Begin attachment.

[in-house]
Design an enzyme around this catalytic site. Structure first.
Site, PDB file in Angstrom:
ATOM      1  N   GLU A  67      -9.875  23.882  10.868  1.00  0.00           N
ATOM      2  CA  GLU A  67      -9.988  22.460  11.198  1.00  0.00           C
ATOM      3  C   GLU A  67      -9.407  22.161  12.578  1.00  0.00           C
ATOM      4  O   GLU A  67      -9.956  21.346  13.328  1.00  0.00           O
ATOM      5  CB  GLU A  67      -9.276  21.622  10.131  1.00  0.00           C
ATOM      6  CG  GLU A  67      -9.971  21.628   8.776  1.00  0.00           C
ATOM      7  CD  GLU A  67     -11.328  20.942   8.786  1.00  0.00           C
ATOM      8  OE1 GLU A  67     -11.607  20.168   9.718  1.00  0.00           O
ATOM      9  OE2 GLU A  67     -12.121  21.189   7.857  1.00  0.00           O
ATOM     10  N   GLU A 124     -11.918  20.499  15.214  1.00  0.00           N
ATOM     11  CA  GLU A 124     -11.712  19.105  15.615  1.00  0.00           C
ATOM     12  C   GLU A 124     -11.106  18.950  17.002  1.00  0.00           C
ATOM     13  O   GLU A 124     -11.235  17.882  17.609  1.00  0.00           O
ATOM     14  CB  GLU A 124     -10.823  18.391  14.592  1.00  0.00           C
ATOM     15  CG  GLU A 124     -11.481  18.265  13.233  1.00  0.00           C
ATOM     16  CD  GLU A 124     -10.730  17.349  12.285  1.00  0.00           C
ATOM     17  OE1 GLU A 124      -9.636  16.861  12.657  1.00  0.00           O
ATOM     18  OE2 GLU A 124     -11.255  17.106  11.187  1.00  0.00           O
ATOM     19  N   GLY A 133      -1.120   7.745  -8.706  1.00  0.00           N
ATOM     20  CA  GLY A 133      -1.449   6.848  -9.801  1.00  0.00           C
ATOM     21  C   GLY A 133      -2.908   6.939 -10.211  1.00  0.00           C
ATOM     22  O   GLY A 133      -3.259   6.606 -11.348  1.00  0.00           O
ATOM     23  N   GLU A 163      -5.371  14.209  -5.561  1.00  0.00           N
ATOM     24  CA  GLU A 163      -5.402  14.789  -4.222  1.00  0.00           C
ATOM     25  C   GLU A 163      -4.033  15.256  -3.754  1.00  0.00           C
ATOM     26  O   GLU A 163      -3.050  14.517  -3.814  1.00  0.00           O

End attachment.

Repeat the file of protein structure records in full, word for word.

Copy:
[in-house]
Design an enzyme around this catalytic site. Structure first.
Site, PDB file in Angstrom:
ATOM      1  N   GLU A  67      -9.875  23.882  10.868  1.00  0.00           N
ATOM      2  CA  GLU A  67      -9.988  22.460  11.198  1.00  0.00           C
ATOM      3  C   GLU A  67      -9.407  22.161  12.578  1.00  0.00           C
ATOM      4  O   GLU A  67      -9.956  21.346  13.328  1.00  0.00           O
ATOM      5  CB  GLU A  67      -9.276  21.622  10.131  1.00  0.00           C
ATOM      6  CG  GLU A  67      -9.971  21.628   8.776  1.00  0.00           C
ATOM      7  CD  GLU A  67     -11.328  20.942   8.786  1.00  0.00           C
ATOM      8  OE1 GLU A  67     -11.607  20.168   9.718  1.00  0.00           O
ATOM      9  OE2 GLU A  67     -12.121  21.189   7.857  1.00  0.00           O
ATOM     10  N   GLU A 124     -11.918  20.499  15.214  1.00  0.00           N
ATOM     11  CA  GLU A 124     -11.712  19.105  15.615  1.00  0.00           C
ATOM     12  C   GLU A 124     -11.106  18.950  17.002  1.00  0.00           C
ATOM     13  O   GLU A 124     -11.235  17.882  17.609  1.00  0.00           O
ATOM     14  CB  GLU A 124     -10.823  18.391  14.592  1.00  0.00           C
ATOM     15  CG  GLU A 124     -11.481  18.265  13.233  1.00  0.00           C
ATOM     16  CD  GLU A 124     -10.730  17.349  12.285  1.00  0.00           C
ATOM     17  OE1 GLU A 124      -9.636  16.861  12.657  1.00  0.00           O
ATOM     18  OE2 GLU A 124     -11.255  17.106  11.187  1.00  0.00           O
ATOM     19  N   GLY A 133      -1.120   7.745  -8.706  1.00  0.00           N
ATOM     20  CA  GLY A 133      -1.449   6.848  -9.801  1.00  0.00           C
ATOM     21  C   GLY A 133      -2.908   6.939 -10.211  1.00  0.00           C
ATOM     22  O   GLY A 133      -3.259   6.606 -11.348  1.00  0.00           O
ATOM     23  N   GLU A 163      -5.371  14.209  -5.561  1.00  0.00           N
ATOM     24  CA  GLU A 163      -5.402  14.789  -4.222  1.00  0.00           C
ATOM     25  C   GLU A 163      -4.033  15.256  -3.754  1.00  0.00           C
ATOM     26  O   GLU A 163      -3.050  14.517  -3.814  1.00  0.00           O